Ann Curran, Me First, Lummox Press, 2013
Reviewed by Nancy Scott
I have to admit that I was predisposed to liking this book. As managing editor of U.S.1 Worksheets, I had published “Domenic’s Dictionary," a version of which is included in the book. This fresh, offbeat poem is exactly what we like to publish, so I was curious to see how Curran had pulled together a whole book. What a delight!
I only had to tour the Table of Contents to realize that I had stumbled upon something unusual: every one of the eighty-five poems begins with “Me and….” Within this format we are whisked along from childhood adventures (“Me and Diane Yeagley”) to politics (“Me and the Republican I live with”) to travels (“Me and Turkey”), but especially to interviews with an array of public and not-so-public figures like Maxine Kumin, Andy Warhol, and Jack Klugman, and an ax killer, to name a few.
Curran’s long, successful career as a journalist gave her access to some of the unique material in the book, but every aspect of her life becomes fodder for her plain language narratives, notable for their frankness, rich humor, and eye for details. For example, do you know what she and Leonardo Da Vinci have in common? We share the love of early and late light. Or the advice from Maxine Kumin, a U.S. Poet Laureate? For God sake, read poems. They write poems, but don’t read poems. Or that Nancy Marchand, the mobster’s mother in the Sopranos, was a graduate of Carnegie Tech and Czeslaw Milosz, the great Polish poet, confided in Curran, The history of my stupidity would fill thirty volumes? Still the two find commonality—“You’re a Catholic?” “Yes” “You’re a Catholic?” “Yes.”
Interspersed among the public poems are ones that address her Catholic upbringing. In “Me and the Buhl Planetarium” she says, I am stunned to prayer by Saturn and its rings./ The Foucault pendulum hypnotizes all/ as it moves back and forth, across the pit floor. But it’s also a setting that …ejects me from my white, Catholic orbit./ I gain a black buddy with gorgeous green eyes…and...A Jewish guy who wants to date me.
In “Me and My First Bishop,” Curran pulls no punches when she describes how the bishop reviewed her report card—You got an ‘A’/ in logic and you’re a woman./ He thought that was rather funny./ I didn’t get the joke at all. Again, in “Me and Jesus Christ,”Curran admits, I was so afraid of his church/ I confessed adultery believing/ it was pretending to be an adult. In “Me and the Catholic Bishops,” the bishops are selling their mansions. Why? Curran asks and then answers her question. Penance for the pedophile priests’ sins.
Curran comes to her material in various ways, e.g. face-to-face interviews with the evasive Holly Hunter or with Herb Simon, a founding father of artificial intelligence, or through a phone interview with Seamus Heaney, which she describes this way:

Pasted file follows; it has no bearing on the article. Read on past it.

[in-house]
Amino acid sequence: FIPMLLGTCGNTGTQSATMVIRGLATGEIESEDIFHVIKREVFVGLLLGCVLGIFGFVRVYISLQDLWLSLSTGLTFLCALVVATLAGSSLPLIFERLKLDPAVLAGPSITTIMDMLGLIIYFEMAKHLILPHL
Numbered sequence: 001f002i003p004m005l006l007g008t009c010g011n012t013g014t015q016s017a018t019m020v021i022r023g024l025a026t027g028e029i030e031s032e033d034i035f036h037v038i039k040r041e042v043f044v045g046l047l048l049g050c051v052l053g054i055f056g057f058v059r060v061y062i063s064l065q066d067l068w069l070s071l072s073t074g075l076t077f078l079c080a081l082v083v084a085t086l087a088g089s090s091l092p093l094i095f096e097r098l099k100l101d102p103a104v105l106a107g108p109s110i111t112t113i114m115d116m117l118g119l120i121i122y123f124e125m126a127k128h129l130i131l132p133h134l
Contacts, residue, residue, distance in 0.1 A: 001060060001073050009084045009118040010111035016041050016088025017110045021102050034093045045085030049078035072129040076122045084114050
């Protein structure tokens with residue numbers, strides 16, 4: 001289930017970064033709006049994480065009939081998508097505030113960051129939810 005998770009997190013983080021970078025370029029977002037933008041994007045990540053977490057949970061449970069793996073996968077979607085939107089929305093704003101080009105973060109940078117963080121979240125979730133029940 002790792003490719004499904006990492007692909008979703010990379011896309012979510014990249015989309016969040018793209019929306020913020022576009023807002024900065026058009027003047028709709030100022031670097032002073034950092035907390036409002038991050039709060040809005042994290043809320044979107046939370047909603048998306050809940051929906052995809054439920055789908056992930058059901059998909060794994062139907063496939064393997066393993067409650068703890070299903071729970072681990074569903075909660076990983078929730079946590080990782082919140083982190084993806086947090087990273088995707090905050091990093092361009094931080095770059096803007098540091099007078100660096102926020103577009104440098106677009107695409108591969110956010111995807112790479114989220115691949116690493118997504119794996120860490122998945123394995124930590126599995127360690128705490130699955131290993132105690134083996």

Me: Perched on my bed beside the only phone that hooks up to my tape recorder.
He: “beside the waters of Dublin Bay,” already bootless and knee-deep in poet talk.
Not all of her wide-ranging connections are with people we are likely to have heard of. On a bus trip in “Me and Maureen,” she chats with an elderly traveler when they stop at a buffet, which Curran describes as being two blocks long, and talk about everything from divorce to incontinence; in the home of Pittsburgh scions, who hobnob with politicians from both parties, the wife insists they are just regular people, even with two extra homes and a yacht; and, at the YMCA, Curran swims with ‘the Fish Lady,’ who also uses the Y as her personal laundromat.
Curran is skilled at gleaning the poetic from an interview, the humor from a mishap and, in chance meetings or near meetings, from what she reads into a nod or a sneer. When she imagines what the conversation might have been if it had really happened, she melds fact and fiction so deftly that the reader simply suspends all judgment. Curran wants the reader to accept exactly what is on the page, no more, no less.
Toward the end of the book I found the poems more reflective. In the midst of spring beauty in “Me and Chatham Village,” she ponders death and in “Me and that Old Lady in the Mirror,” she expresses her annoyance with the ravages of aging. To cap the book off, in the final poem after visiting his Vermont home, Curran muses about the influence Frost has had on her writing. It took me a lifetime to grow into a poet, she says. And we are so glad that she did.
Me and the Fish Lady
share the YMCA sauna. She drapes
her clothes all over the benches.
I look for a space big enough
to stretch my towel and my body.
She comes by bus from Carrick
with two carry-ons stuffed with clothes
and makes a laundromat of the Y.
She needs no quarters to wash
her duds. She rub-a-dub-dubs them
with soap in the shower stall,
rinses, then wrings them out
in the tiny machine that squeezes
the juice out of wet bathing suits.
Huge bras and undies, shirts, sweaters,
tights, multiple hiker socks
splurt out their wetness.
Pools of water spread across the floor.
I slosh through in my flip-flops.
The cleaning lady, who speaks
a combo of Serbo-Croatian and English,
sputters her anger in both languages.
The Y, meanwhile, has made a huge
poster of the fish lady that hangs
with a certain dignity in the foyer.
She poses in goggles, flippers, layers
and layers of clothes. All dressed up
for her six hours of doggie-paddling
back and forth, back and forth, back and forth
in her lane like the serious lap swimmers.
Nancy Scott is an artist and author of five books of poetry, as well as the managing editor of U.S.1 Worksheets, the journal of the U.S.1 Poets' Cooperative in New Jersey. Raised in Illinois, Nancy has had ties to Wisconsin from summer camp to college to lakefront property, which her family owned until recently and which has been the focus of numerous poems. www.nancyscott.net